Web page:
Improving Resiliency of Landscape Rehabilitation in Arid Ecosystems

Plants grown on an engineered soil cover at a site in Western Australia as part of experiment
from which data were used to validate model (Image: Sebastian Lamoureux)
Evapotranspiration (ET) covers, which consist of an engineered soil layer supporting vegetation, are an increasingly popular rehabilitation tool for former mining and landfill sites. They take advantage of plant water uptake to manage the water balance in the soil cover, limiting deep drainage that could potentially mobilize contaminants and waste products from the prior site operations. However, in arid ecosystems there is the potential that the plant water uptake could be hydraulically limited, possibly increasing the risk of contaminant mobilization and mortality of the vegetation. In this work, I am using a plant hydraulic model to optimize the design of these systems while accounting for hydraulic limitation and variable climatic conditions. Initial results from this work were presented at the AGU 2019 Fall Meeting (slides available here) and a manuscript is currently in preparation.

Role of Hydrologic Mechanisms in Plant Pathogen Spread

Model output showing predicted pathogen spread (light blue shading) from initial observed
patches (light blue line) when accounting for overland transport (left) and without overland
transport (right) as compared to observed spread patterns (dark blue line)
I developed a model to predict the biological growth and transport of the plant pathogen Phytophthora cinnamomi at the landscape scale. Using this model and case studies of disease progression in Western Australia and Spain, I investigated the role of overland runoff as a spread mechanism and how simple hydrological analysis can be used to create more quantitative and spatially-explicit management strategies for disease containment. Model code is available on my Github Page and forcing data is available on Hydroshare.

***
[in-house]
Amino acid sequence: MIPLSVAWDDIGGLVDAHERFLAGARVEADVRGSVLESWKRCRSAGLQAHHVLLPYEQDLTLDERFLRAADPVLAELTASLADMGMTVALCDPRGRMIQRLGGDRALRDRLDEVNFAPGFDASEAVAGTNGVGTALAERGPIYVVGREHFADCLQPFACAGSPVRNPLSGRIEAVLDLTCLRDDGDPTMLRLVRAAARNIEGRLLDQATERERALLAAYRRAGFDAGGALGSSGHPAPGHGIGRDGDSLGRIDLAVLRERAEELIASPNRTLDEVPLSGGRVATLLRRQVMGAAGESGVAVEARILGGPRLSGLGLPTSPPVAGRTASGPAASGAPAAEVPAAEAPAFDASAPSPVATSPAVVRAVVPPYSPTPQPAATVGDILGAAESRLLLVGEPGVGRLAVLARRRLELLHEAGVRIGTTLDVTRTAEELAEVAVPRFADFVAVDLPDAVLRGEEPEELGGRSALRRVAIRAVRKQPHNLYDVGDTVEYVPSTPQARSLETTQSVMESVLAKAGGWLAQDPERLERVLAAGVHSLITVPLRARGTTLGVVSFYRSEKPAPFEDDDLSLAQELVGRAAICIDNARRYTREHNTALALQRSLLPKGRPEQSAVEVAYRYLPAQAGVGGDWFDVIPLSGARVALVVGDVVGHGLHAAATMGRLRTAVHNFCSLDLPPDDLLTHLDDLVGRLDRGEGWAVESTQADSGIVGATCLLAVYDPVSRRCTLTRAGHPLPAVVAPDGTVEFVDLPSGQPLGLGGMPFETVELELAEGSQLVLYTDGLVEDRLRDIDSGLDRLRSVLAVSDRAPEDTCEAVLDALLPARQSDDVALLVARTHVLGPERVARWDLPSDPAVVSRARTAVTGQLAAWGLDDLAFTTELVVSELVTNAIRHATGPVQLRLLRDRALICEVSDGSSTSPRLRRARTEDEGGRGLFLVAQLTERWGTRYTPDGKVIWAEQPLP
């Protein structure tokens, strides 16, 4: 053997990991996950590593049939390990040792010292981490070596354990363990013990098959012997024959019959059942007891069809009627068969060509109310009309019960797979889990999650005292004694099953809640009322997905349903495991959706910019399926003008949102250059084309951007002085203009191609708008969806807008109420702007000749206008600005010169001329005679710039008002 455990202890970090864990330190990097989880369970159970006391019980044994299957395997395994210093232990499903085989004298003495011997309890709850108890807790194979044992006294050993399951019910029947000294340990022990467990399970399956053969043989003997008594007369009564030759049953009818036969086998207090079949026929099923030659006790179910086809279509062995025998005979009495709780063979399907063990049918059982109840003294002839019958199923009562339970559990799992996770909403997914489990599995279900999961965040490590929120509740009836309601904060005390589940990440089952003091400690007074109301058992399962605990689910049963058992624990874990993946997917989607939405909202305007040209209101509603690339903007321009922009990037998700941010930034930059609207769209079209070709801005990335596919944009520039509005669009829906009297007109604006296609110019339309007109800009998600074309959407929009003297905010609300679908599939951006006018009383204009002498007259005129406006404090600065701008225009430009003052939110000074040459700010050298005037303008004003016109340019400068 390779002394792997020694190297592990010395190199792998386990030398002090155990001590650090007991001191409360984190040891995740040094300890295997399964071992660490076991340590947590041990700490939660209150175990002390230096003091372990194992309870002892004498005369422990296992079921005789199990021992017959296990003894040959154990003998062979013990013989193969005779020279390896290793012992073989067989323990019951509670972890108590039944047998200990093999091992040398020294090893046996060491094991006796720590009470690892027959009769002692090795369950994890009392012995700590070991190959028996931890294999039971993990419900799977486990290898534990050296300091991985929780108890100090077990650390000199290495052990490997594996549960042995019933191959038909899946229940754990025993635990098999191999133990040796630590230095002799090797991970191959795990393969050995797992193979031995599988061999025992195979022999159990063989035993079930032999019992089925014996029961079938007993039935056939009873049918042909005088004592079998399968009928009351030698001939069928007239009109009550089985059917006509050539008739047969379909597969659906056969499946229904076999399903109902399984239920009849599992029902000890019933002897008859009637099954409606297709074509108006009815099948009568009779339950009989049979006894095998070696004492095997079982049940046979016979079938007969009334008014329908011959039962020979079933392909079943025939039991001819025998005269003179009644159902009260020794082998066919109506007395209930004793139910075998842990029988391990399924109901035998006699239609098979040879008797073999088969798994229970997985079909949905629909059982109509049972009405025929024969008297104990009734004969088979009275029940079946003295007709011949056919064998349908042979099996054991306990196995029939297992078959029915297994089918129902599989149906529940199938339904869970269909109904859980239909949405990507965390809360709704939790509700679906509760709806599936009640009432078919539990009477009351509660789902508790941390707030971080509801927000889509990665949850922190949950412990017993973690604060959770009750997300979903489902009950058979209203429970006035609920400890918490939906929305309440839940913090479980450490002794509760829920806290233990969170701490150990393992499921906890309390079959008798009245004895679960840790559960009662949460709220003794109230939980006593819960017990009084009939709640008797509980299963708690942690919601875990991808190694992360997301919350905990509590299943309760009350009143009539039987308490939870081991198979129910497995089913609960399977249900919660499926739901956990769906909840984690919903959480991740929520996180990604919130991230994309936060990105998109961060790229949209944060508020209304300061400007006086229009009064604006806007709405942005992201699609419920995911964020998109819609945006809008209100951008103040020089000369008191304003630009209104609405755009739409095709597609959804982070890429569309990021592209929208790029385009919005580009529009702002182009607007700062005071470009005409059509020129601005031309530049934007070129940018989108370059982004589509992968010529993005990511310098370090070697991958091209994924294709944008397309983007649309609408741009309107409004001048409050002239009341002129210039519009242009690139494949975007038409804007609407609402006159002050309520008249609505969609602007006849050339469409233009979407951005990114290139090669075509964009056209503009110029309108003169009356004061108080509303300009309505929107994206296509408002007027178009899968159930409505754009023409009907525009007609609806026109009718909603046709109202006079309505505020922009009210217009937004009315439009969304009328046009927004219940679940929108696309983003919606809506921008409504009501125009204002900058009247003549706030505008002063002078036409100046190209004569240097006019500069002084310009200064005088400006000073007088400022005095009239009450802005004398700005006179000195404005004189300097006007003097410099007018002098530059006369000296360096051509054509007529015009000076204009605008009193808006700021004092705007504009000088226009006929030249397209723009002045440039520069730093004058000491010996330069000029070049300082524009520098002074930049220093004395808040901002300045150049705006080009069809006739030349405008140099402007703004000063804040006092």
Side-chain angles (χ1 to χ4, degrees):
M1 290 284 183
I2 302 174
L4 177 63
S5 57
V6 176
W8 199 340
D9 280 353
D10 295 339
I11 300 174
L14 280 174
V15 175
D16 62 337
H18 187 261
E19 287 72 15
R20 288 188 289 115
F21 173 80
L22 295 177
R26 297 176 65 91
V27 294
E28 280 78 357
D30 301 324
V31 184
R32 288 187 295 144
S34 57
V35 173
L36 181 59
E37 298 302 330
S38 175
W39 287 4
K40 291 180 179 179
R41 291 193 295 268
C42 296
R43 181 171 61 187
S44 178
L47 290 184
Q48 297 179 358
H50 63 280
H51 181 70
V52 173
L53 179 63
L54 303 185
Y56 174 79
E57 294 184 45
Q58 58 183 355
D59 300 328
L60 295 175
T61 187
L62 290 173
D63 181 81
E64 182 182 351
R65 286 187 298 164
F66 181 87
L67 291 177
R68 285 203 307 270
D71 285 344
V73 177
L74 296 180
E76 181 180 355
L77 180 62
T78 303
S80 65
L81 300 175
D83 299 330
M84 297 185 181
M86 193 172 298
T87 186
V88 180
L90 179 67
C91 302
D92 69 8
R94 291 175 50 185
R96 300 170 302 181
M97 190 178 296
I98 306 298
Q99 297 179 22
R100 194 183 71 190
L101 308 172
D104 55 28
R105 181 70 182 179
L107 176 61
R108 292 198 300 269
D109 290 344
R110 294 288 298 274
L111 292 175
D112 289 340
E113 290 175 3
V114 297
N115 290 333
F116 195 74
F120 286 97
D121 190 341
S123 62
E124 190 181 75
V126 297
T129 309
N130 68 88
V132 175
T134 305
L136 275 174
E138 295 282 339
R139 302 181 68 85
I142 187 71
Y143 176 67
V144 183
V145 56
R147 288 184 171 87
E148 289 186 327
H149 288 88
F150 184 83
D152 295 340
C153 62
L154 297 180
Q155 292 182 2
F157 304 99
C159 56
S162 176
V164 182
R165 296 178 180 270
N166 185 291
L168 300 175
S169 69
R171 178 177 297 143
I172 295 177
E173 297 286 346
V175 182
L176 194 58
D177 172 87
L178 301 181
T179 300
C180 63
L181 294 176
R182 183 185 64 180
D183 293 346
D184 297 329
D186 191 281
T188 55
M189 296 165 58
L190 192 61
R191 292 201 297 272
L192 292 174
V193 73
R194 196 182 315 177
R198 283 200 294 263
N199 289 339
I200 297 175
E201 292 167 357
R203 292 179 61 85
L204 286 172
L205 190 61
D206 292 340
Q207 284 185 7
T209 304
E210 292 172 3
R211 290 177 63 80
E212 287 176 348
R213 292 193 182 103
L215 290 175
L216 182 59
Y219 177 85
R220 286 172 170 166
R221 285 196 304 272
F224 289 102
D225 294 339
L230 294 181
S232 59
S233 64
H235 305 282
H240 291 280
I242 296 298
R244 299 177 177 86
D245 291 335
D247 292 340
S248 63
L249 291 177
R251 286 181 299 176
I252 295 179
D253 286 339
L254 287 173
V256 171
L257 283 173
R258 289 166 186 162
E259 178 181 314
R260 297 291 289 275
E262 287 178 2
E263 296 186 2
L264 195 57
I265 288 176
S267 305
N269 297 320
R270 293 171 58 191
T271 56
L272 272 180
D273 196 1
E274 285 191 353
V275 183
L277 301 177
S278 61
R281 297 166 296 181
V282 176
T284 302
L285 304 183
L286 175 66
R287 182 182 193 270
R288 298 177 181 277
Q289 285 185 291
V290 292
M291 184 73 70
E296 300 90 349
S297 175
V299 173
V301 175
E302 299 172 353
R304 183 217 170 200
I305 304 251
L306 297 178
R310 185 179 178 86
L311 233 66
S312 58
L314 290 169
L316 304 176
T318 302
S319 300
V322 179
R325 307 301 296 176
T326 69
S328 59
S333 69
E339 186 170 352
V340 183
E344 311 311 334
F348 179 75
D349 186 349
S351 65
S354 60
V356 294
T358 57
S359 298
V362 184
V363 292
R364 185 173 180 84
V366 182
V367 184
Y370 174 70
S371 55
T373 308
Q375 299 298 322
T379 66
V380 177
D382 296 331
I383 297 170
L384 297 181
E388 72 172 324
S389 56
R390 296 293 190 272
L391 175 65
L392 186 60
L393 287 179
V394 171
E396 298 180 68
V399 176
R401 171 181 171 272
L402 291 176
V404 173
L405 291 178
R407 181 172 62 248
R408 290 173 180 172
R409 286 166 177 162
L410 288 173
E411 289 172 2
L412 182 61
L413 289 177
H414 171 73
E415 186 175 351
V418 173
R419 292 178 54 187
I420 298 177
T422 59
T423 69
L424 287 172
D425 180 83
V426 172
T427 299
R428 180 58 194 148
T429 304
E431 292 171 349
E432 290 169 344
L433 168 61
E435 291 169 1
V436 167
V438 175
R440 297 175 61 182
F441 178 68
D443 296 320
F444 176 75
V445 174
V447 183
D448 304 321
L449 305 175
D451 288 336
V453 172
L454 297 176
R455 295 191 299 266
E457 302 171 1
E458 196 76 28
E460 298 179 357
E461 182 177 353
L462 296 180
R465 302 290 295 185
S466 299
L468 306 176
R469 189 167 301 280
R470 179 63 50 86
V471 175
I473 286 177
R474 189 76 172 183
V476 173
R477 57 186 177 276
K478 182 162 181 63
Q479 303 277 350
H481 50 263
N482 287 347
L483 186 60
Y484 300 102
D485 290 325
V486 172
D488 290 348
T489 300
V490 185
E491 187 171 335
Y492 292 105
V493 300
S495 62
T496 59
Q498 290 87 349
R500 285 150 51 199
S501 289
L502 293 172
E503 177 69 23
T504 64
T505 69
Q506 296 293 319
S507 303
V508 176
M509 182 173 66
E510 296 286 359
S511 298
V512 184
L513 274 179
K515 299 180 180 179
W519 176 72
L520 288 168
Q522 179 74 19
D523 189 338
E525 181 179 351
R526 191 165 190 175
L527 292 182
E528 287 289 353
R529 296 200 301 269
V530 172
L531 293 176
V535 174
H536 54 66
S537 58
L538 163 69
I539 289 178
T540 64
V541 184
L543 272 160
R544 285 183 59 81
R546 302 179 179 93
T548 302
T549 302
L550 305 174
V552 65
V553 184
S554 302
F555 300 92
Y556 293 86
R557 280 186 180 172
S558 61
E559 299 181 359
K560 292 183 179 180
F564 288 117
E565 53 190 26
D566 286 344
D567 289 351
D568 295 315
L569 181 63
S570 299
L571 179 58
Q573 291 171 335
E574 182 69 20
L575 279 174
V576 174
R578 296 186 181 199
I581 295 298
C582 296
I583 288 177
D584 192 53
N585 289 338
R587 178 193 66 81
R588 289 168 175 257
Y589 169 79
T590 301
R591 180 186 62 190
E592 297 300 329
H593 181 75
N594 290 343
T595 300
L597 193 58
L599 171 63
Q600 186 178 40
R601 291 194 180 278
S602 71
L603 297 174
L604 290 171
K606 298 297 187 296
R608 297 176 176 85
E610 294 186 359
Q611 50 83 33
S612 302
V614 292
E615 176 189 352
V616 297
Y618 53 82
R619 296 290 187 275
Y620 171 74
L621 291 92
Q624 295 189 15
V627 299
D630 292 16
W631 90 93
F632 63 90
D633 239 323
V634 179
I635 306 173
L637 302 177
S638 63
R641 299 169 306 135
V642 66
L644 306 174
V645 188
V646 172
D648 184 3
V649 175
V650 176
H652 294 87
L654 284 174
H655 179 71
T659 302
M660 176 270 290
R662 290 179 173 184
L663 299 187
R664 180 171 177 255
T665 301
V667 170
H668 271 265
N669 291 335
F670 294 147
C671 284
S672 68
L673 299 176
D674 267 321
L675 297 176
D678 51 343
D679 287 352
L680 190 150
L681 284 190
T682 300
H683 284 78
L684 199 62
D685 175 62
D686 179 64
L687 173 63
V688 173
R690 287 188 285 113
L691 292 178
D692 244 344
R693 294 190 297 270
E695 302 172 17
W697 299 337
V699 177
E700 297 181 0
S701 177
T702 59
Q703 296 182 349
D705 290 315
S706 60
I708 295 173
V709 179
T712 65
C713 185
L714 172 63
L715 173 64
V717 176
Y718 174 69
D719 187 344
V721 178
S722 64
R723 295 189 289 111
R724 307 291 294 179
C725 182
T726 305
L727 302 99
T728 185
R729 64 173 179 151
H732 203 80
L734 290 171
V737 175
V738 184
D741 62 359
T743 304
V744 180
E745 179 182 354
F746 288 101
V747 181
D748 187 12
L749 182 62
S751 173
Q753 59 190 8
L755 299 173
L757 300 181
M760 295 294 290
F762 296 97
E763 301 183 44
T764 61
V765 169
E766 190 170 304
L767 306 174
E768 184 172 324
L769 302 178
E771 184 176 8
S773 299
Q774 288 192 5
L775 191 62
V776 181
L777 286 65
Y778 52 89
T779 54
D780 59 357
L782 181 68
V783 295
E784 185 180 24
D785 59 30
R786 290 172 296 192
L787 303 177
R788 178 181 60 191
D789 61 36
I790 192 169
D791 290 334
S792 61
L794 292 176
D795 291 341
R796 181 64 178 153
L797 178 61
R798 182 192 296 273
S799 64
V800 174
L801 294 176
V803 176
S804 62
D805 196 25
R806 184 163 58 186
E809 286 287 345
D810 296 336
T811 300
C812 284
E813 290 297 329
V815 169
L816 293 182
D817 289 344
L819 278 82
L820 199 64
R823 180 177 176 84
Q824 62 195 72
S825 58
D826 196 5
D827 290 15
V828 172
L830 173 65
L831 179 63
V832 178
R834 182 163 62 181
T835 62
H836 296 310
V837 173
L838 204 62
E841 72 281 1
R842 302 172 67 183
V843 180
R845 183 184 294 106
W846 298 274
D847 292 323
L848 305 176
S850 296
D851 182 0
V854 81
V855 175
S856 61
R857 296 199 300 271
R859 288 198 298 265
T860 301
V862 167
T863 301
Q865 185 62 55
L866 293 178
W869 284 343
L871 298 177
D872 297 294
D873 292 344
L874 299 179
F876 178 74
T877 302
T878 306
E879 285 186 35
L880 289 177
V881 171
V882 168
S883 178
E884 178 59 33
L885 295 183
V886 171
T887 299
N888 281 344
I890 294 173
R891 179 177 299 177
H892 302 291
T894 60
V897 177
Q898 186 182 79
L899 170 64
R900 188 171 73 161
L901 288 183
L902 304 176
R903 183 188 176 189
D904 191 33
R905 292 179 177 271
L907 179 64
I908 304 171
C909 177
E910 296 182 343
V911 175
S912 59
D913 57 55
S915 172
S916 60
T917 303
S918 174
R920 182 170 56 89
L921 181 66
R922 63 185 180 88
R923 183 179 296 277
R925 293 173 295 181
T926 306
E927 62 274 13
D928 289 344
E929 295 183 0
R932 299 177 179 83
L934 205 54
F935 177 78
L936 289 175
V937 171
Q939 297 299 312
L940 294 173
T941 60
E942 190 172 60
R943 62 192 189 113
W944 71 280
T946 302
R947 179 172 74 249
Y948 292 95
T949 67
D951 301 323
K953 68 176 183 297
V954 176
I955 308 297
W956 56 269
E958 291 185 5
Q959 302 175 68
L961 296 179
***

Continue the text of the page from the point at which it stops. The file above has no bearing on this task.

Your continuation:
• Wilkening, J. V., Cardillo, E., Abad, E., & Thompson, S.E. (2021). Saturation excess overland flow accelerates the spread of a generalist soil-borne pathogen. Journal of Hydrology, 593, 125821. Available from publisher here or as final, but unformatted preprint here

Biogeochemical Cycling in Salt Marshes

In situ sampling of pore fluids from salt marsh pond
in Norfolk, UK (Image: JV Wilkening)
During my time at the University of Cambridge, I studied interactions of sulfur, iron, and carbon cycling in salt marshes. As part of this work, I looked at seasonal dynamics of biogeochemical cycling and this work was published in coordination with other work from the Turchyn lab in early 2019. I also studied differences in the formation of volatile organosulfur compound formation between sulfidic and ferruginous sedimentary environments and this work was published in late 2019.


  • Wilkening, J. V., Turchyn, A. V., Redeker, K. R., Mills, J. V., Antler, G., CarriĆ³n, O., & Todd, J. D. (2019). The production and fate of volatile organosulfur compounds in sulfidic and ferruginous sediment. Journal of Geophysical Research: Biogeosciences, 124(11), 3390-3402. Available here
  • Hutchings, A.M., Antler, G., Wilkening, J.V., Basu, A., Bradbury, H.J., Clegg, J.A., Gorka, M., Lin, C.Y., Mills, J.V., Pellerin, A., Redeker, K.R., Sun, X., & Turchyn, A.V. (2019). Creek dynamics determine pond subsurface geochemical heterogeneity in East Anglian (UK) salt marshes. Frontiers in Earth Science, 7, 41. Available here